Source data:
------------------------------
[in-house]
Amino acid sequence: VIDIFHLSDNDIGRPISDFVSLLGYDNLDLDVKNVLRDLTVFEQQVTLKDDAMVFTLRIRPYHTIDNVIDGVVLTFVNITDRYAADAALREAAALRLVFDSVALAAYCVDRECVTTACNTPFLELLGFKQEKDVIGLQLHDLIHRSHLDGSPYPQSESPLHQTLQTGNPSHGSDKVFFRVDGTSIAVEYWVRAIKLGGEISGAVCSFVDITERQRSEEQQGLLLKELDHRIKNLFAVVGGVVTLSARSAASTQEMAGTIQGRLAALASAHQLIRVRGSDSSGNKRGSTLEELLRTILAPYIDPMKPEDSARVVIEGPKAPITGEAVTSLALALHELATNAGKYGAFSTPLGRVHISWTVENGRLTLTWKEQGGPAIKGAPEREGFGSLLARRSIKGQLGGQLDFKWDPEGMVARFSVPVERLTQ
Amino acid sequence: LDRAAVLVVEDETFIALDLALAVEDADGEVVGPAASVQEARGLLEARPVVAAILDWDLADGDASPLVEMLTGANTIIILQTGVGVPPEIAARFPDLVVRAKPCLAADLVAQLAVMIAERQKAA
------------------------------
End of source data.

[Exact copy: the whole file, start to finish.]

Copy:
[in-house]
Amino acid sequence: VIDIFHLSDNDIGRPISDFVSLLGYDNLDLDVKNVLRDLTVFEQQVTLKDDAMVFTLRIRPYHTIDNVIDGVVLTFVNITDRYAADAALREAAALRLVFDSVALAAYCVDRECVTTACNTPFLELLGFKQEKDVIGLQLHDLIHRSHLDGSPYPQSESPLHQTLQTGNPSHGSDKVFFRVDGTSIAVEYWVRAIKLGGEISGAVCSFVDITERQRSEEQQGLLLKELDHRIKNLFAVVGGVVTLSARSAASTQEMAGTIQGRLAALASAHQLIRVRGSDSSGNKRGSTLEELLRTILAPYIDPMKPEDSARVVIEGPKAPITGEAVTSLALALHELATNAGKYGAFSTPLGRVHISWTVENGRLTLTWKEQGGPAIKGAPEREGFGSLLARRSIKGQLGGQLDFKWDPEGMVARFSVPVERLTQ
Amino acid sequence: LDRAAVLVVEDETFIALDLALAVEDADGEVVGPAASVQEARGLLEARPVVAAILDWDLADGDASPLVEMLTGANTIIILQTGVGVPPEIAARFPDLVVRAKPCLAADLVAQLAVMIAERQKAA